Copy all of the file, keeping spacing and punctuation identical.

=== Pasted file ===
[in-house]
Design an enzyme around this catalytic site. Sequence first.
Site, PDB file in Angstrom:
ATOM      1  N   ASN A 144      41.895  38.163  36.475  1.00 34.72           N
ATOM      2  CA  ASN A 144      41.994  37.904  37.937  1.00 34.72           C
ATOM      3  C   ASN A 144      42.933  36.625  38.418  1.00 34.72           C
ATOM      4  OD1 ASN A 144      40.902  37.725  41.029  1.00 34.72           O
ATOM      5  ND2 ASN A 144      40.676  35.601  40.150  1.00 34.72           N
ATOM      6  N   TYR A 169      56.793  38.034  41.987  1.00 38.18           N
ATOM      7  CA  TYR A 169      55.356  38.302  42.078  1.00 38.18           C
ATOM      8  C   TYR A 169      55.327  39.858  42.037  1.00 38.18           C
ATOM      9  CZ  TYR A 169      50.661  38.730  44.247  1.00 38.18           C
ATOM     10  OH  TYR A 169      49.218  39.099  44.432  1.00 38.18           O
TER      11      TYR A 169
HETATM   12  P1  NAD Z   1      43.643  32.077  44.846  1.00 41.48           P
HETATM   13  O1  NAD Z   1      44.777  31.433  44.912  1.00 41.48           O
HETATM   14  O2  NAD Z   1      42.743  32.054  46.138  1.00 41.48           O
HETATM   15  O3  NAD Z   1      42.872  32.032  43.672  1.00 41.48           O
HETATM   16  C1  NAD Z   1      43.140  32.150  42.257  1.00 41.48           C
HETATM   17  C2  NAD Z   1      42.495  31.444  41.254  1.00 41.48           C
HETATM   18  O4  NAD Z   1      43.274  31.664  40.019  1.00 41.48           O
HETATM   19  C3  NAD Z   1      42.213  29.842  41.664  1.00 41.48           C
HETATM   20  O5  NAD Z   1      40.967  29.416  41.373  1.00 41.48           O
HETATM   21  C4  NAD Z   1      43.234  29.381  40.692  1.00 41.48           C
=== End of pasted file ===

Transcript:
[in-house]
Design an enzyme around this catalytic site. Sequence first.
Site, PDB file in Angstrom:
ATOM      1  N   ASN A 144      41.895  38.163  36.475  1.00 34.72           N
ATOM      2  CA  ASN A 144      41.994  37.904  37.937  1.00 34.72           C
ATOM      3  C   ASN A 144      42.933  36.625  38.418  1.00 34.72           C
ATOM      4  OD1 ASN A 144      40.902  37.725  41.029  1.00 34.72           O
ATOM      5  ND2 ASN A 144      40.676  35.601  40.150  1.00 34.72           N
ATOM      6  N   TYR A 169      56.793  38.034  41.987  1.00 38.18           N
ATOM      7  CA  TYR A 169      55.356  38.302  42.078  1.00 38.18           C
ATOM      8  C   TYR A 169      55.327  39.858  42.037  1.00 38.18           C
ATOM      9  CZ  TYR A 169      50.661  38.730  44.247  1.00 38.18           C
ATOM     10  OH  TYR A 169      49.218  39.099  44.432  1.00 38.18           O
TER      11      TYR A 169
HETATM   12  P1  NAD Z   1      43.643  32.077  44.846  1.00 41.48           P
HETATM   13  O1  NAD Z   1      44.777  31.433  44.912  1.00 41.48           O
HETATM   14  O2  NAD Z   1      42.743  32.054  46.138  1.00 41.48           O
HETATM   15  O3  NAD Z   1      42.872  32.032  43.672  1.00 41.48           O
HETATM   16  C1  NAD Z   1      43.140  32.150  42.257  1.00 41.48           C
HETATM   17  C2  NAD Z   1      42.495  31.444  41.254  1.00 41.48           C
HETATM   18  O4  NAD Z   1      43.274  31.664  40.019  1.00 41.48           O
HETATM   19  C3  NAD Z   1      42.213  29.842  41.664  1.00 41.48           C
HETATM   20  O5  NAD Z   1      40.967  29.416  41.373  1.00 41.48           O
HETATM   21  C4  NAD Z   1      43.234  29.381  40.692  1.00 41.48           C